GQ Lab, the sponsored content engine of GQ China, proves that it’s not only possible for a traditional fashion publication to exist in today’s digital media world, but it’s also possible to thrive.
In 2018, the WeChat-only account collaborated with over 200 brands, published 280 articles, with nearly $7 million USD (RMB 50 million) in revenue. According to an insider who wishes to remain anonymous, GQ Lab’s advertising revenue has made up close to half of Condé Nast China’s yearly revenue, in essence, becoming the bread and butter of the entire media group. And in the process, GQ Lab’s founder, now Condé Nast China’s publisher, Paco Tang has become a god-like figure among advertisers and media insiders in China — his name has become synonymous with success.
GQ Lab frequently collaborates with high profile luxury players, such as Ferragamo, Net-A-Porter, and Ferrari, as well as a wide range of advertisers from Tencent’s WeChat to China Airlines to Volvo. Their most noteworthy collaboration in 2019 was taking over Louis Vuitton’s WeChat and Weibo accounts – GQ Lab produced a post that matched Louis Vuitton sneakers with various millennials’ nightlife styles. The post quickly amassed 10,000 page views and attracted a great deal of media buzz, its real-life portrayal and playful tone — a rare move for a luxury brand — has refreshed Louis Vuitton’s imagine in China once again.
So what are the secrets to GQ Lab’s success? Here, we’ve summarized four key elements of its winning approach based on content generated from Chinese media and conversations with industry insiders.
Accurate demographic targeting
GQ Lab launched around 2014, years beyond the tipping point of the content boom on WeChat in early 2010. “But it had a clear vision from the start on who it wanted to target, which, essentially, was KOLs themselves — people who worked in the media and advertising,” observed Coolio Yang, the CEO of the Media Division of Kantar China. By focusing on the lifestyle of this vocal, niche audience, GQ Lab became celebrated by this group of people, who shared post after post with coworkers and friends, creating an impression that its content had gone viral. By leveraging this network effect, GQ Lab continues to reach a wider audience. Starting with young professionals in first-tier cities, their social influence trickles down to an ever-growing diverse group of more mainstream readers.
According to Condé Nast, GQ Lab now has 2.4 million followers. WeChat agency Newrank wrote that the account has an equal balance of male and female readers in their early 20s and 30s, who are, perhaps, struggling to find their place in the world and seek content that reflects their version of reality.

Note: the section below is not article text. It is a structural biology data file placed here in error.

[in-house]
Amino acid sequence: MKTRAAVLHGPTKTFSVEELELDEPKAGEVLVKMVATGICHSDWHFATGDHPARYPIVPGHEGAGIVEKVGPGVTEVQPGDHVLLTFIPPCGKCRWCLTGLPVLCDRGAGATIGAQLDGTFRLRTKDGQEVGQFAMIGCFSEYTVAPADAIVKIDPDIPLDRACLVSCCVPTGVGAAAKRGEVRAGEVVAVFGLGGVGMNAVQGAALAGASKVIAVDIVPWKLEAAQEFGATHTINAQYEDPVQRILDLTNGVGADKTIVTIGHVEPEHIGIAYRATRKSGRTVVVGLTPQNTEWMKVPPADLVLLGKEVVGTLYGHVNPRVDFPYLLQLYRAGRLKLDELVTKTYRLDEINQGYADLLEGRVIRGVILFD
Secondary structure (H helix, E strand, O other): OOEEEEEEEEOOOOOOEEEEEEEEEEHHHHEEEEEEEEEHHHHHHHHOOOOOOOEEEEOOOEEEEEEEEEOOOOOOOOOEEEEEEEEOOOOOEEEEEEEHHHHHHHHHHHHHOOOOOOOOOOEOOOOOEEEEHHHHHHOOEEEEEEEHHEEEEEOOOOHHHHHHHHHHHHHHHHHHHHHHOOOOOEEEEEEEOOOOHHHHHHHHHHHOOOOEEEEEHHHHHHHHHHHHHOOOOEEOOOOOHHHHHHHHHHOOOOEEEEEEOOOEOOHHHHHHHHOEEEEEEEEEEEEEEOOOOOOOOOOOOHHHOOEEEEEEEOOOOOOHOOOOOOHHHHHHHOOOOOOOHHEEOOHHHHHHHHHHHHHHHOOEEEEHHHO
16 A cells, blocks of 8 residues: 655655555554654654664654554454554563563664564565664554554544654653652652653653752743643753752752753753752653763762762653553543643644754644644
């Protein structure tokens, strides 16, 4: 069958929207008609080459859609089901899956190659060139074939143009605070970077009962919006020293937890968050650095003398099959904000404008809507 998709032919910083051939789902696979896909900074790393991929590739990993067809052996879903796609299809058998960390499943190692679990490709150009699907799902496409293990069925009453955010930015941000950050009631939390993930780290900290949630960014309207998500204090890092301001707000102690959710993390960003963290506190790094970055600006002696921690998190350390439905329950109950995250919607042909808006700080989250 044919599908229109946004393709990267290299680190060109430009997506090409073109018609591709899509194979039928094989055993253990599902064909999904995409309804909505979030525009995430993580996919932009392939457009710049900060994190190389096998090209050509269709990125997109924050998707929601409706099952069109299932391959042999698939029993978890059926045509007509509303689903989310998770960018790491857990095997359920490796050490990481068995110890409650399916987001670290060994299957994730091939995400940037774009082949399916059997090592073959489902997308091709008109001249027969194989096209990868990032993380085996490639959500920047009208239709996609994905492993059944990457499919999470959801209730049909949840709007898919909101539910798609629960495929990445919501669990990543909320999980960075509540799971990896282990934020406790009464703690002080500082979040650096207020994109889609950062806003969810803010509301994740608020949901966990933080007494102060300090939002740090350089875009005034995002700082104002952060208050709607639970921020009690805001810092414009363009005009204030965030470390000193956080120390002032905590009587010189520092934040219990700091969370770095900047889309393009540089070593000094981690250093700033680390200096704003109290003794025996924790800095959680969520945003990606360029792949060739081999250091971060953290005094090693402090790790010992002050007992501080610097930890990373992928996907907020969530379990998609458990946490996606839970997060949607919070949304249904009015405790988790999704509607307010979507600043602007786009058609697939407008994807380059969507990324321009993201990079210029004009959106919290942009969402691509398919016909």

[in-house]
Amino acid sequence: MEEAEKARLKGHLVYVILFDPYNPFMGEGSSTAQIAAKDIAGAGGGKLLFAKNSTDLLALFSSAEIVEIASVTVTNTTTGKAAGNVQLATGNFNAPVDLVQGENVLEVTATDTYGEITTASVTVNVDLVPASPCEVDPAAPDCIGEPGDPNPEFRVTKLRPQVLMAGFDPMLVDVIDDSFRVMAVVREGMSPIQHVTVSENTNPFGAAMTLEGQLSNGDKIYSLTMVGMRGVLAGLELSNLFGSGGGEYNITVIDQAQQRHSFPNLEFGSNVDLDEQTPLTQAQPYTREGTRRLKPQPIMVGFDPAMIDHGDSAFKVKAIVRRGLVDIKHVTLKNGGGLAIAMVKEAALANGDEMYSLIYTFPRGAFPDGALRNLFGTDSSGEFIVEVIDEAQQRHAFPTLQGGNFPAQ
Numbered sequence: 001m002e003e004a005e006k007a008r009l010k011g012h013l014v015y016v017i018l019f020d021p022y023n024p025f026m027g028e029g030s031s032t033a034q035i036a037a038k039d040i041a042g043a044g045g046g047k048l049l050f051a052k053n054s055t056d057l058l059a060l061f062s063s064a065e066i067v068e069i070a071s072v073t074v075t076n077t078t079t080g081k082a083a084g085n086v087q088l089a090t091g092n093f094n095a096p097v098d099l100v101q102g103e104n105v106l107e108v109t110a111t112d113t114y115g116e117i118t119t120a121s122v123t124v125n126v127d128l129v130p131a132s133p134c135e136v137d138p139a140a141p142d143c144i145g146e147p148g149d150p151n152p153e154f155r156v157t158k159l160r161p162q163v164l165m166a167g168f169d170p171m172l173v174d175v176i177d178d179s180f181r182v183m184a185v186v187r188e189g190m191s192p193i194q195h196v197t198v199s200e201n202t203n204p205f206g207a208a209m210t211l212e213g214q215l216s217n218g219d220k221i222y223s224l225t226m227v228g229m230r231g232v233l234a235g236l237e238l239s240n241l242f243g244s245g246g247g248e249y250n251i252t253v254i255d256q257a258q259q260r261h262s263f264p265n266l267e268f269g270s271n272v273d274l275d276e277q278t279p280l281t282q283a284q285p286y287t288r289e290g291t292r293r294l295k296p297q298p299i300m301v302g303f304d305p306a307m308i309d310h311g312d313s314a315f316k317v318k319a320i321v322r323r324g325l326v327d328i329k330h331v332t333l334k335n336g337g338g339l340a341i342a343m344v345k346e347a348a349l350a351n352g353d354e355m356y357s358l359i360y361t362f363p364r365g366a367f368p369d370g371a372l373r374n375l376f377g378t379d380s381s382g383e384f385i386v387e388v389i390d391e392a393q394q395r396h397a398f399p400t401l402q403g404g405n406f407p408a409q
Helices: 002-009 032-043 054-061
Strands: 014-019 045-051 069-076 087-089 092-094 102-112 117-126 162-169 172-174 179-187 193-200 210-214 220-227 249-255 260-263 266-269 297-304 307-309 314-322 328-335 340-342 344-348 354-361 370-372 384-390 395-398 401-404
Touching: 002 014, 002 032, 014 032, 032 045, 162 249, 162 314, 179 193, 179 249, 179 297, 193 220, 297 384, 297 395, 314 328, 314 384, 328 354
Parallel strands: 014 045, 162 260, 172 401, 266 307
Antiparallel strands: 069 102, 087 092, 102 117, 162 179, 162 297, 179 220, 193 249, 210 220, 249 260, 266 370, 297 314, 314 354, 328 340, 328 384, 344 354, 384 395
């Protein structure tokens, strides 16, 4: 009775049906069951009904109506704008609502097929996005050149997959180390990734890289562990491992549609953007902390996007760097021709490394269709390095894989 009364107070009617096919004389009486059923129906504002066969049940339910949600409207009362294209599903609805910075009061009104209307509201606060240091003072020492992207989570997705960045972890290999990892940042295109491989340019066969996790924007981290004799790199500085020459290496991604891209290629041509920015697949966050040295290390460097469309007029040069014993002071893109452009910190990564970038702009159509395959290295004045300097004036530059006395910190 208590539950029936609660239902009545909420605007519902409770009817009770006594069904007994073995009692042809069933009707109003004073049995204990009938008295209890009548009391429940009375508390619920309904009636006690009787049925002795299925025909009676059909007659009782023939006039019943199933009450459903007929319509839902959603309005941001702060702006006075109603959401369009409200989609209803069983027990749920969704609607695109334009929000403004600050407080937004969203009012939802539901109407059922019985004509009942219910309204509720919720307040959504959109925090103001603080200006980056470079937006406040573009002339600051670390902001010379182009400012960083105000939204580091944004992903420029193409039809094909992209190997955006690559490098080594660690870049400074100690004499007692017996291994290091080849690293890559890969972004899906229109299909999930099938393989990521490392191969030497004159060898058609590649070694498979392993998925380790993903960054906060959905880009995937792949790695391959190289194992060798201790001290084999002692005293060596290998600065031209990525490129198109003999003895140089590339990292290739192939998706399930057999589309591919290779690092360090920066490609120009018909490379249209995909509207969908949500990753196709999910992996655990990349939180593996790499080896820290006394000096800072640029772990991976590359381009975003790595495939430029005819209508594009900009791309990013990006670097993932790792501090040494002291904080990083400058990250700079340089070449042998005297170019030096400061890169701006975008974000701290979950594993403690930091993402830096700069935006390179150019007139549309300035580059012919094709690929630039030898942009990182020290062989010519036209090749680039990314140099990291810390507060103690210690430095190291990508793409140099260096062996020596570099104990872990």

Comment social issues with comical relief
Most of GQ Lab’s posts revolve around the societal status struggles among the Chinese middle class. They work with stereotypes, though always with a humorous approach that resonates with mainstream readers. They often use a similar formula of diving into hot button social issues with fictional narratives like “How to Recognize If Your Date Has a Boyfriend or Girlfriend?” or “Confessions from Beijing Residents!” or “Fashion Styles at Tech Companies.” In addition, GQ Lab often cleverly ties in content with sponsored brands, often with an enjoyable plot twist, which helps deepen the impression of the ads.
For example, the topical post “That Night, He Hurt Him” not only went viral, amassed over 2 million page views, it also put GQ Lab on the map, marking it as a top WeChat media account. The post showed two middle-aged men at a bar comparing each other’s social status, from what they drink to how much they make to what they invest in, and finally what type of car they drive. The post, it turns out, was a Mini Cooper advertisement. The post caught the right timing. It was published right after the Chinese New Year, a time when many people were coming back from vacations with friends and family — where being compared and judged in social settings was part of the experience. The post nailed those pain points with comic relief. While a great deal of the media on WeChat was long-form articles or in-depth takes on social issues, GQ Lab tackled these issues with visual-driven, humorous commentary, which was a refreshing take in WeChat’s overly saturated media world.
Build a brand with Conde Nast resources
Unlike most self-start media brands, where both readers and advertisers need to be gradually built up, GQ Lab had the reputation of GQ China to lean on, which made it easier to build trust among readers and advertisers who were also looking for reputable media outlets to work with. It also had full financial support from its parent company, Condé Nast. While still figuring out the best content approach, GQ Lab built an operational team that included editorial, fan group building, PR, branding, offline events, and merchandise distribution. This has only added to GQ Lab’s IP value and brand impression.
Strict content control
As GQ Lab’s influence grows, it’s become expensive to work with — a single post can start from about $181,859 (1.3 million RMB) and can go as high as $4 million (30 million RMB). It also has more negotiation power and can be pickier about the type of advertisers they work with and the type of content they can create. But the high price comes with hard work. Each post goes through a rigorous editorial process, including A/B testing from different reader groups to fine-tune the post’s message. GQ Lab positions itself as more of an influencer type of media WeChat account. Its content is lively with vivid tones, and its personality is its greatest asset. Quality control is also important for the brand and has kept a tight rein on not letting advertisers completely dictate its content. While it may not bring direct transnational value like other KOLs, GQ Lab’s attitude and inviting content is what young Chinese consumers crave the most behind their purchases nowadays.